Top Reasons You Are Not Getting Funded
Some of the most common reasons you may not be converting investors with your pitch deck may include the following.
Your Pitch Isn’t Original & Differentiated Enough
Investors may view hundreds or even thousands of pitches before investing capital in a single startup. You’ve got to have a pitch deck that stands out from the pack.
Your Pitch Deck Flow Is Wrong
Just having the right information isn’t enough. Investors expect your pitch deck slides and presentation to follow a certain order. Make sure you are nailing that.
Your Pitch Deck Is Too Long
One of the most common pitch deck blunders is simply being too long. Early-stage startups should be aiming for no more than 10 slides. Later stage startups may have as many as 20 slides. Whatever stage you are at you want to be able to deliver your pitch in 20 minutes or less.
The Market Is Too Small
Investors are looking for big 100x returns. From the point they are investing at, to when they want to be out, your venture has to be able to deliver those types of returns. You don’t necessarily have to be the market leader or have a big market share, but the total market has to be really big to make this possible.
You Are Not Being Realistic
You should be bold and have a big vision and aggressive agenda, but you have to be realistic about achieving it.
Investors with industry expertise will instantly know that you are way off and are just making it up if you don’t know your industry benchmark metrics. The most common being customer acquisition costs and profit margins.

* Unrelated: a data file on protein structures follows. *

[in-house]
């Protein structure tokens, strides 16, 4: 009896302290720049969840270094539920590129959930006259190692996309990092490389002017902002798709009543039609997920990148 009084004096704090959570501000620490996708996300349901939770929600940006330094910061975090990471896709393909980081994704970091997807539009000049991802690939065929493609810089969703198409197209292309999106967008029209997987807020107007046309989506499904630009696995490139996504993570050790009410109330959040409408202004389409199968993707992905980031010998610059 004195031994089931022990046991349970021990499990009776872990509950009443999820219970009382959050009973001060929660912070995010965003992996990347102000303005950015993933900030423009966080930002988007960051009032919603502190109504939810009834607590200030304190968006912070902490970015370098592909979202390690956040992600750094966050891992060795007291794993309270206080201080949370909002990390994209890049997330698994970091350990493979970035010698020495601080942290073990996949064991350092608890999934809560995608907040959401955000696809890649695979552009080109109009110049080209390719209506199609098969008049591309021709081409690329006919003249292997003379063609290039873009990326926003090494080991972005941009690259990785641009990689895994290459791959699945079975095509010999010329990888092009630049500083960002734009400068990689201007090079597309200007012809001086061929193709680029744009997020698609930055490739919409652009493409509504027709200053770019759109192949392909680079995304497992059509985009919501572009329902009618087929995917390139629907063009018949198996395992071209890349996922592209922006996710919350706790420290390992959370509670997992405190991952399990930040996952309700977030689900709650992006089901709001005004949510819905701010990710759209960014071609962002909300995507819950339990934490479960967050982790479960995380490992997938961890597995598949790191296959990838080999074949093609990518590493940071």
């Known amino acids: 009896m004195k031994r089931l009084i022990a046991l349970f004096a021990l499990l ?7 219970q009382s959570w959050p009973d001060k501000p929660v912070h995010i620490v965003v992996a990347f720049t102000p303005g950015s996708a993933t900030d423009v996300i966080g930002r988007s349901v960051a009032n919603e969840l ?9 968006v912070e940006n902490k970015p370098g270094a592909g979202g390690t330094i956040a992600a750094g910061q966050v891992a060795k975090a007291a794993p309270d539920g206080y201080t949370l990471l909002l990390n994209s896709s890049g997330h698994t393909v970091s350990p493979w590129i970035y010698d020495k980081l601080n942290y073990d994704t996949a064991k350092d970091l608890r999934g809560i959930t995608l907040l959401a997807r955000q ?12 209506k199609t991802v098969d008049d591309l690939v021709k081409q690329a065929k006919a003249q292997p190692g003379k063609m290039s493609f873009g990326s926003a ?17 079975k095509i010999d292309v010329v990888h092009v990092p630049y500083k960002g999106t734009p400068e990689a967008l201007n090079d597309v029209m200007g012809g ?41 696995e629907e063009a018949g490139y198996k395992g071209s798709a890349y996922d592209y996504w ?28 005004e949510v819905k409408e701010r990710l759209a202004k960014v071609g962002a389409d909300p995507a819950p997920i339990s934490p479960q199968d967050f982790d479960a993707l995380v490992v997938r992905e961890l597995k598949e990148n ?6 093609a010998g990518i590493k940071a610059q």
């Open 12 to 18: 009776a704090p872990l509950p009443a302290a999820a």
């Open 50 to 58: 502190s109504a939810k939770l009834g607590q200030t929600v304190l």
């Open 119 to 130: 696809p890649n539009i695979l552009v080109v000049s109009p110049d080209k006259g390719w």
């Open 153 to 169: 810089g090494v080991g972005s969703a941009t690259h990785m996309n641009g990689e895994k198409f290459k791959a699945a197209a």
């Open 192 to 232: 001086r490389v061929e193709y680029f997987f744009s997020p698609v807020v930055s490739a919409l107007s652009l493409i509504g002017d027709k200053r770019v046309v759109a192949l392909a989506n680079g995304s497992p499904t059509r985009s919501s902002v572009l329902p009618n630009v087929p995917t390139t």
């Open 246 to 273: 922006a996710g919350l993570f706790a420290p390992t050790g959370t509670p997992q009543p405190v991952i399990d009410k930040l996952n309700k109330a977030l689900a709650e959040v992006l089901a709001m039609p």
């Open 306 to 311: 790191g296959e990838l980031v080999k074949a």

Your Q&A Is Weak
Do you know your most common questions that investors will ask? What about their most likely objections and rebuttals to those, backed up with credible data? If you can’t answer their queries and have to redo this, the experience will help you when figuring out how to bounce back from a pitch deck meltdown.
You’re Not Focused Enough
Your deck layout, product description, and next action steps will all instantly reveal how focused you are as a leader and company. It takes laser-like focus to win in the startup world.
Your Team Is Not Convincing
Unless you are already at a late stage and this investment is a prelude to an M&A deal or larger financial position, investors are betting on you as a team far and above your business idea or product. Are you coming across as something they should want to work with, who has incredible resilience, grit, and commitment?
At the onset of the presentation, stay mentally prepared for the possibility of failure. It’s critical that you know how to bounce back from a pitch deck meltdown. Resilience is the key to starting a successful venture.
You may find interesting as well our free library of business templates. There you will find every single template you will need when building and scaling your business completely for free. See it here.
Hopefully this post provided you with some perspective as you are looking into how to bounce back from a pitch deck meltdown.